I've clearly got some homework to do on this subject. My current thought (assuming no dramatic deterioration in my therapy results over the next week or two) is to accumulate further data and then consult my doctor. In the meantime I'm going to continue to learn as much as I can.

Thanks,
Andy
Post Reply Post Reply
#15
And I think this is the place. Try the wiki. There is a lot of cached info here.
Post Reply Post Reply
#16
Mediocre results is better than no results. ;-)

FFor what it's worth, my doc had me set my first follow-up for two months after my consult with him reviewing my sleep study. That's two weeks to get my machine, two weeks for acclimation and 1 month actual therapy. After reading things here, the two weeks acclimation is making more and more sense. I'm still waiting to get my machine, so I've got a little ways to go yet, but I'm looking forward to pouring over the data.

Question for the smart people here the OP in this thread refered to CAs as "Closed Airway". I thought CA'S were Central Apneas. Is this the same thing? I had a bunch of CA'S show up on my titration which were not on my untreated study which worried me initially. After reading different threads here I'm glad to know it's normal.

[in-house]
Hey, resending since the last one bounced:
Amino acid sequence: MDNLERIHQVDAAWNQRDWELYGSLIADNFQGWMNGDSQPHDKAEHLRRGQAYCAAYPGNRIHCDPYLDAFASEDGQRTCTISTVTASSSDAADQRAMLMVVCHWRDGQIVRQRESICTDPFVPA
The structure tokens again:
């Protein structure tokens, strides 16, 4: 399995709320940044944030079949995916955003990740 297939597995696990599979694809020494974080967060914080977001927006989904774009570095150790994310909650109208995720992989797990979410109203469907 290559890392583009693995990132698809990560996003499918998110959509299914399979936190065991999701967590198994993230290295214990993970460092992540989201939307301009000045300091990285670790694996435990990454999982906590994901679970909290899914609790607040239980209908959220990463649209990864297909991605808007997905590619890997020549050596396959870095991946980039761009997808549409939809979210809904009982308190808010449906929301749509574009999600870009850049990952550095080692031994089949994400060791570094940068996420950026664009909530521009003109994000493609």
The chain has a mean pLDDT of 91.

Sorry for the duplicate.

Post Reply Post Reply


#17
(06-19-2015, 07:36 PM)AndyB Wrote: Thanks for the encouraging words, Alan! LOL!!

Keeping it real. Wink


Using FlashAir W-03 SD card in machine. Access through wifi with FlashPAP or Sleep Master utilities.

I wanted to learn Binary so I enrolled in Binary 101. I seemed to have missed the first four courses. Big Grinnie

Post Reply Post Reply
#18
@SleepyWabbit - the machines score CA if they interpret the breathing pause to be non-obstructive, so probably caused by something else. The two phrases usually used in place of CA are "CLEAR airway" or "central apnea".

A CA generally is detected by forcing a small pulse of air down your upper airway, and scores if there is no resistance.